The HFNS have also established an excellent link to the renal consultants within the Trust, and they have been happy to give advice on a case-by-case basis regarding patients with significant renal impairment. This has proved invaluable, and has allowed us to continue therapy in patients who may otherwise have had the drug discontinued. For a number of the patients who experience diarrhoea with the initiation of sacubitril/valsartan, a short course of loperamide (taken as required) was sufficient to manage this symptom.

In terms of patient outcomes, we have noted an improvement in NYHA class in our patients treated with sacubitril/valsartan. This has been most obvious in those patients who have moved from NYHA class III to class II. For some patients, this has meant that they no longer needed referral for cardiac resynchronisation therapy, and one patient was removed from the transplant list.

Conclusion

From the perspective of the nurse-led HF service within the SHSCT in Northern Ireland, the experience of commencing patients on sacubitril/valsartan has been largely positive and we hope that we have demonstrated that sacubitril/valsartan can be appropriately initiated, titrated and managed in this setting. We have found that sacubitril/valsartan is generally well tolerated within our patient population, across a broad age spectrum and in patients with various comorbidities. We have also found that side effects are, on the whole, manageable, with the need to discontinue treatment occurring in only a small minority. Careful patient assessment is vital prior to initiation and titration, and it is useful for patients to be able to contact their HFNS directly should there be any concerns regarding side effects, facilitating further review and potentially avoiding withdrawal of therapy.

Key messages

  • Heart failure nurse specialists (HFNS) routinely initiate sacubitril/valsartan in Northern Ireland, according to current National Institute for Health and Care Excellence guidance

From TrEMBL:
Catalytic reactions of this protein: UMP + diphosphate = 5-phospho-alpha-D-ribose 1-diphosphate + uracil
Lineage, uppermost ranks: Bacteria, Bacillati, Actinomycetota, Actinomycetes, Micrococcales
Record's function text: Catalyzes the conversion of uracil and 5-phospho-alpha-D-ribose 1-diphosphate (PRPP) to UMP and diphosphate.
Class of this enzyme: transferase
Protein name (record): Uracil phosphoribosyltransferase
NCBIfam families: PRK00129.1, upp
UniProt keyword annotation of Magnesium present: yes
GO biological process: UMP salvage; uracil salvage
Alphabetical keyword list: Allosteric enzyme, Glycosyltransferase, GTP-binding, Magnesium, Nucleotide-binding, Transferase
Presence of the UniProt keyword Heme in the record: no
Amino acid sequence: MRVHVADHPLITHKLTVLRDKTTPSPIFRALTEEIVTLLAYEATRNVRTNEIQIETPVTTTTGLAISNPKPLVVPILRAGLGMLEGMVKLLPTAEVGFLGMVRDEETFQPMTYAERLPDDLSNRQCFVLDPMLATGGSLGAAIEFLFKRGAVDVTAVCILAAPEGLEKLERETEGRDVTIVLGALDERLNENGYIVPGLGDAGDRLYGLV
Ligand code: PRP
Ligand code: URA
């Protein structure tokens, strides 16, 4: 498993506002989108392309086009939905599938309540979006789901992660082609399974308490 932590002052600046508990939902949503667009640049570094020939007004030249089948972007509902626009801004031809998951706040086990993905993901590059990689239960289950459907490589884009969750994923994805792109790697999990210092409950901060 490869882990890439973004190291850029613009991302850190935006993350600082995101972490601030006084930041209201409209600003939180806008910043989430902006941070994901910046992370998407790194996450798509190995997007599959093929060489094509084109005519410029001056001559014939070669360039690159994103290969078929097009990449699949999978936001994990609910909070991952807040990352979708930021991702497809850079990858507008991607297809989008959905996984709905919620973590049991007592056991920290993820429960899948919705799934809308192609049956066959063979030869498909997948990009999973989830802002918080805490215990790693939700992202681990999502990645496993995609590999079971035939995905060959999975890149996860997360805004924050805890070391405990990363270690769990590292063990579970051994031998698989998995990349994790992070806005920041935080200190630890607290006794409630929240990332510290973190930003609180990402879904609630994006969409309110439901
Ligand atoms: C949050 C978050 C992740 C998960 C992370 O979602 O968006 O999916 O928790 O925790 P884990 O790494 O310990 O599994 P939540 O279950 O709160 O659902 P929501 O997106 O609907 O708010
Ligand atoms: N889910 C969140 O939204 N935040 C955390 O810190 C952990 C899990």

• Of 463 patients initiated, only 31 (7%) discontinued treatment (mostly for renal decline, symptomatic hypotension, diarrhoea)
  • Regular contact with the HFNS, supported by other healthcare practitioners, often helped to avoid the need for withdrawal of therapy
  • Improvements in heart failure symptoms were common
  • Our experience shows that sacubitril/valsartan can be appropriately initiated and titrated in a HFNS-led setting

Conflicts of interest

None declared.

Edith Donnelly
Heart Failure Nurse Specialist
Email: Edith.Donnelly@southerntrust.hscni.net

Carol Patton
Heart Failure Nurse Specialist

Social Health and Social Care Trust, Northern Ireland

References

1. National Institute for Health and Care Excellence. Sacubitril valsartan for treating symptomatic chronic heart failure with reduced ejection fraction. TA388. London: NICE, April 2016. Available from: https://www.nice.org.uk/guidance/ta388

2. European Medicines Agency. Entresto. Summary of product characteristics. Available from: http://www.ema.europa.eu/docs/en_GB/document_library/EPAR_-_Product_Information/human/004062/WC500197536.pdf [accessed 10 July 2018]

Articles in this supplement

Introduction
1. Applying PARADIGM-HF to the use of sacubitril/valsartan in clinical practice
2. Early clinical experience with sacubitril/valsartan from a large UK tertiary centre
3. Initial experience of introducing sacubitril/valsartan in a UK heart failure service
4. Sacubitril/valsartan prescribing and community experience in Medway

Advances in the treatment of chronic heart failure in real-world settingsOnce you have read all these articles, you can take the ‘Learning with reflection’ CPD activity on this supplement.

Dosing of sacubitril/valsartan: Throughout this supplement, the dosing of sacubitril/ valsartan (Entresto™, Novartis Pharmaceuticals) has been split to show the constituent doses. 

In clinical trials, sacubitril/ valsartan – initially known as the investigational agent LCZ696 – was used in 100 mg and 200 mg doses. These translate to the licensed doses of 49 mg sacubitril/51 mg valsartan and 97 mg sacubitril/103 mg of valsartan, respectively.

A smaller 50 mg dose, which equates to 24 mg sacubitril/26 mg valsartan, is also available.

Disclaimer: Medinews Cardiology Limited advises healthcare professionals to consult up-to-date Prescribing Information and the full Summary of Product Characteristics available from the manufacturers before prescribing any product. Medinews Cardiology Limited cannot accept responsibility for any errors in prescribing which may occur.

Use for revalidation – BJC Learning with reflection activity

This article can be used towards revalidation. If you would like to reflect on what you have learned, please log in or register to record your thoughts on how this article has influenced your practice.